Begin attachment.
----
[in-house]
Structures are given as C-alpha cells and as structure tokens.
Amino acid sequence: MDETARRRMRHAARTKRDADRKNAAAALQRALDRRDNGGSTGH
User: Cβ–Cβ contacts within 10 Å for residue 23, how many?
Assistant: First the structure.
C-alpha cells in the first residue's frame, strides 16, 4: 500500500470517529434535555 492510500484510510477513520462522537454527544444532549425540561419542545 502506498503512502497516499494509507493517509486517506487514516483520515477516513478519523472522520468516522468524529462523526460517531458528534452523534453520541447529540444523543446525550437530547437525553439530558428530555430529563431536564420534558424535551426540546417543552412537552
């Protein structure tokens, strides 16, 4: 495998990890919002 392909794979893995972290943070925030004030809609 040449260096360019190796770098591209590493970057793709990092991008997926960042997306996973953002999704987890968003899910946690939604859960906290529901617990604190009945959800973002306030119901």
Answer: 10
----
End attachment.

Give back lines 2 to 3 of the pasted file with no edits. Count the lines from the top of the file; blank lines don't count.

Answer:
Structures are given as C-alpha cells and as structure tokens.
Amino acid sequence: MDETARRRMRHAARTKRDADRKNAAAALQRALDRRDNGGSTGH